Bingley’s Teas

There are two kinds of tea in this world. There is the ordinary bland, factory made tea that can be purchased at any deli or grocery store. Then there is the tea that from the moment you open the bag to the last drop going down your throat wraps you in tea heaven.

This is Bingley’s Teas.

Named for Charles Bingley from Jane Austen’s Pride and Prejudice, this delicious, loose tea made with a variety of ingredients offers a delectable range of teas to choose from. Opening a bag of Bingley’s Teas is akin to being wrapped in a warm blanket on a cold winter day. Whether it is a black tea to help you get up in the morning or a green tea to sooth the nerves after a long day of work,  this tea is far and away one the best tea brands I’ve ever had.

And of course, their Jane Austen tea line is sheer perfection. My personal favorite is Lizzie Bennet’s Wit.

If you must buy tea, I absolutely recommend Bingley’s Teas. It will forever change the way you drink and appreciate tea.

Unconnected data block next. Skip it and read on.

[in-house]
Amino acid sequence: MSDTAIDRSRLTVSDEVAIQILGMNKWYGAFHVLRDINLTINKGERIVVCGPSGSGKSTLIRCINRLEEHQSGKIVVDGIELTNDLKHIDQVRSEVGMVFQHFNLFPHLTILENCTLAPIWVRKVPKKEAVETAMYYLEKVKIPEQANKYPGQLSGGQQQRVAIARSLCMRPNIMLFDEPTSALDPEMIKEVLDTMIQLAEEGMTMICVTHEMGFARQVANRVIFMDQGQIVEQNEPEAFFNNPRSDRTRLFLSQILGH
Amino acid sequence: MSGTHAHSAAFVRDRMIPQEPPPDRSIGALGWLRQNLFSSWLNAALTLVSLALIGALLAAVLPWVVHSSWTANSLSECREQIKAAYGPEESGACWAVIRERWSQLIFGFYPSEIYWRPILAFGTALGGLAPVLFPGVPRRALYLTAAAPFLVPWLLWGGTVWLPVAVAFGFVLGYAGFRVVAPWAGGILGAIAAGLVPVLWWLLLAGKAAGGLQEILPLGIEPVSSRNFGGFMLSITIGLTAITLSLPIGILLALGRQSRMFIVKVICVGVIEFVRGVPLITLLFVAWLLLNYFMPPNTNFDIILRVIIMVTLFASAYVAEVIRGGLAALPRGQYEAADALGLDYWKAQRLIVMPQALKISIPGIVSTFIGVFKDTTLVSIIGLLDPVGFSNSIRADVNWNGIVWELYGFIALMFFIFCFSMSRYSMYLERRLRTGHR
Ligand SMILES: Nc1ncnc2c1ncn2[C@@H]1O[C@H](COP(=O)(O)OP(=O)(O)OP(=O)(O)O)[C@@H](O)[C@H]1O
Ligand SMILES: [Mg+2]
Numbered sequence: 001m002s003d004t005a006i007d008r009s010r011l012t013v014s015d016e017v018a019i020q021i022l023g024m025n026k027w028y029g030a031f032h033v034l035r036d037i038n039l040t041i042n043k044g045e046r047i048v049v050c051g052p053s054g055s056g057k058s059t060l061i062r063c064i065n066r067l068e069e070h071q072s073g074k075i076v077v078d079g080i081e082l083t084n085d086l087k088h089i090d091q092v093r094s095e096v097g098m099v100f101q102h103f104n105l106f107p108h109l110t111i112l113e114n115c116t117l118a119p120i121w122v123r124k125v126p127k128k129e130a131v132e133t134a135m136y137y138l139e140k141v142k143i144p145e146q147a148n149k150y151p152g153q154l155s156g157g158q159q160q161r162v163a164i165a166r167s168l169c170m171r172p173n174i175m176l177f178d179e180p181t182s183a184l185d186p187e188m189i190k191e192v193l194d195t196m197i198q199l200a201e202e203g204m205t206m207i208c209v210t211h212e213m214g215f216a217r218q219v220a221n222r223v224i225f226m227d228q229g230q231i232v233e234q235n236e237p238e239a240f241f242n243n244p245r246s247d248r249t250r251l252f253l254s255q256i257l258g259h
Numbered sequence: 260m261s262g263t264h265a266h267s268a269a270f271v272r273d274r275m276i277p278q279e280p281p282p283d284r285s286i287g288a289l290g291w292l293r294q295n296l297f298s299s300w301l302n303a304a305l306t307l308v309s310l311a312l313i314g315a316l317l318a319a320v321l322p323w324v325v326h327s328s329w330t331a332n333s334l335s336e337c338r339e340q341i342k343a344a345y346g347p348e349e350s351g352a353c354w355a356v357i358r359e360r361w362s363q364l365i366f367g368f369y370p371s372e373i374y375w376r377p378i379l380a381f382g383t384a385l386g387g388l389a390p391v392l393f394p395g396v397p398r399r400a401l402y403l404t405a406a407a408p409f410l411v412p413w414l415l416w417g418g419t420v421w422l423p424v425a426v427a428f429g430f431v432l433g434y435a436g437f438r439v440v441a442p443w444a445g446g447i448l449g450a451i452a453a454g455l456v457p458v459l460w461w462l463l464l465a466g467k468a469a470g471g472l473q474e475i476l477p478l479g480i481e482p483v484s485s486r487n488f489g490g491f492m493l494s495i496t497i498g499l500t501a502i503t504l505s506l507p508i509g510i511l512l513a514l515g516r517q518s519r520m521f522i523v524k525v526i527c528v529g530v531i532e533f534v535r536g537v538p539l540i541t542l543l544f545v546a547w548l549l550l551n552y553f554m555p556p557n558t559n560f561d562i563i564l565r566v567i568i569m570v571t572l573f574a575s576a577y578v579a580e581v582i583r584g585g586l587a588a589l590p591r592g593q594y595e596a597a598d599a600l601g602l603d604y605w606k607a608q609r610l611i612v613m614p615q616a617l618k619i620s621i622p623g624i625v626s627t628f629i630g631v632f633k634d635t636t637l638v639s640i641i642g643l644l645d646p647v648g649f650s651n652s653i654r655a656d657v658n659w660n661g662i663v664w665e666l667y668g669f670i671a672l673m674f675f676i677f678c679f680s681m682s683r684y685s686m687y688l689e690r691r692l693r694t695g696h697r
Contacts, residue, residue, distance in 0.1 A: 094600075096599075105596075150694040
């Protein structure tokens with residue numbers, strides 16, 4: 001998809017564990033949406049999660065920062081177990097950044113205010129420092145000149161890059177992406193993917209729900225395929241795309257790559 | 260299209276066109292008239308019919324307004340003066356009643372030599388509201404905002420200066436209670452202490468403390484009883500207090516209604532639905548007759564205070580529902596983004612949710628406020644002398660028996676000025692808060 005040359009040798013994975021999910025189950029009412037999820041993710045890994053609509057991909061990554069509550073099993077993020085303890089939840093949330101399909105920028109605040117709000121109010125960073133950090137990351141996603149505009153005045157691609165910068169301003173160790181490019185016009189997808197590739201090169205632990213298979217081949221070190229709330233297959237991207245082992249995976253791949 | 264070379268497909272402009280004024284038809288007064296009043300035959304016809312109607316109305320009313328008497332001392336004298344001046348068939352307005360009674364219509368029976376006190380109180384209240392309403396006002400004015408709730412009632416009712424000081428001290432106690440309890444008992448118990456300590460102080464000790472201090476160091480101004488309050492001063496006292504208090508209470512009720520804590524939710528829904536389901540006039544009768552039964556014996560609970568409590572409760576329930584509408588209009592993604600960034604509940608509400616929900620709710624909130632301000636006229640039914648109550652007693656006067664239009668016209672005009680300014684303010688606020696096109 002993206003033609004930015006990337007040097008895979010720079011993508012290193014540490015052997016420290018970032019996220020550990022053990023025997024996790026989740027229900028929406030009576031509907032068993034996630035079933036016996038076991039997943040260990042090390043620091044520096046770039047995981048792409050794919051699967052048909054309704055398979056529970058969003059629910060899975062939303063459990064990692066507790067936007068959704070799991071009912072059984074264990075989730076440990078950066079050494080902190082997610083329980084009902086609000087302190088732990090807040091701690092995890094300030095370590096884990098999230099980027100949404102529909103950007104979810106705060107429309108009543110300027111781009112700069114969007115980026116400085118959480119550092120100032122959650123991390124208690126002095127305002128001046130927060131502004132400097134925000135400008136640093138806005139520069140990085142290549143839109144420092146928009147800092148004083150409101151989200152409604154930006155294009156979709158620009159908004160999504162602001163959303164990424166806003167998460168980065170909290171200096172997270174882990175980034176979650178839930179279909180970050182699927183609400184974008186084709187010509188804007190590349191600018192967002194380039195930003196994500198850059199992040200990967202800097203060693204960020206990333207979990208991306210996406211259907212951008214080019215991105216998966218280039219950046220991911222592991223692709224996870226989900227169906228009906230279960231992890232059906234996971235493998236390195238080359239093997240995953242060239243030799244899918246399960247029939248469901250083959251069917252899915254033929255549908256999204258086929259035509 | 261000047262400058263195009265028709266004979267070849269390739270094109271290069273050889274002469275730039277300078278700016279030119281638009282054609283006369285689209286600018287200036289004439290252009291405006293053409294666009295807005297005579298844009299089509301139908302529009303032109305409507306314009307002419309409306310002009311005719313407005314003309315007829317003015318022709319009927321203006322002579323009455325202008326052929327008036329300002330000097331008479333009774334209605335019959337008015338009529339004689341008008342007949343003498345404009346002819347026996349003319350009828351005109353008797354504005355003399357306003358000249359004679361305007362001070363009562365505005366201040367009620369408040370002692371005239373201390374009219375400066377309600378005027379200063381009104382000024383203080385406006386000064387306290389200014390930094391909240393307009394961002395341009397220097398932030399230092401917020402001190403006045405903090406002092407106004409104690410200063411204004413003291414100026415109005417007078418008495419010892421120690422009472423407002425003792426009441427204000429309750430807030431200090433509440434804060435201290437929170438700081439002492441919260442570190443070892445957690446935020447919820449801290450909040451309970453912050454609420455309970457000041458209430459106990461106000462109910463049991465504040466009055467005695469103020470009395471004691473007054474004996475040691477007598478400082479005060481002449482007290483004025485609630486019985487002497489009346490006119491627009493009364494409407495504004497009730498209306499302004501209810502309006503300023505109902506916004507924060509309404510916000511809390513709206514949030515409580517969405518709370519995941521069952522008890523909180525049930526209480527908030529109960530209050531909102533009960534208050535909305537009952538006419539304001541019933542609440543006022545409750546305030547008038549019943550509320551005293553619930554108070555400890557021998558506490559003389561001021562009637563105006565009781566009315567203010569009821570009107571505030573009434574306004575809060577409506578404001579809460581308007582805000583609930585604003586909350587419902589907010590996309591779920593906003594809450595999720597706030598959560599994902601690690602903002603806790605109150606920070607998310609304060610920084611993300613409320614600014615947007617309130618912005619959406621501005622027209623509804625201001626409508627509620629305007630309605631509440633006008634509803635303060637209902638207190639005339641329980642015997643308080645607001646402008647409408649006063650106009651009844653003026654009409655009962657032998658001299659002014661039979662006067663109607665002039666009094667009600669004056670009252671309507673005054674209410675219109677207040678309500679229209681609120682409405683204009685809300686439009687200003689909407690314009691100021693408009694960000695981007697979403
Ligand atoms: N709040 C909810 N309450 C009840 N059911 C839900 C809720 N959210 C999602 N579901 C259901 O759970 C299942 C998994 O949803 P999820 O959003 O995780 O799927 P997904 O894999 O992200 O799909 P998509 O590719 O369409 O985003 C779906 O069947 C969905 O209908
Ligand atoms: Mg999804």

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Filed under Books, Jane Austen, Pride and Prejudice

Thoughts On The 2017 JASNA AGM

Imagine if you will, an academic conference, but with a twist. Add in a dedicated fandom with lots of goodies to bring home (and a good amount of attendees playing dress up) and you have the 2017 JASNA AGM.

Held in Huntington Beach, California, the title of this year’s conference was Intimations of Immortality. We remembered Jane on the 200th anniversary of her passing as we celebrated her life, her books and her legacy.

The AGM is more than my vacation. This year it was a chance to visit California, spend time with my friends and celebrate anything and everything relating to Jane Austen. It is a chance to thoroughly geek out and know that the people you are with understand why you geek out. It was a chance to dress up, dance and spend three days thoroughly immersed in Jane.

While I enjoyed the AGM (as I do everytime), it was the company (and the heavenly beach in Southern California) that always makes an AGM worth it.

Next year, Janeites  (as we are commonly known) will congregate for our next AGM in Kansas City where we will be celebrating Persuasion and hopefully not fangirling over Amanda Root (Anne Elliot in the 1995 Persuasion).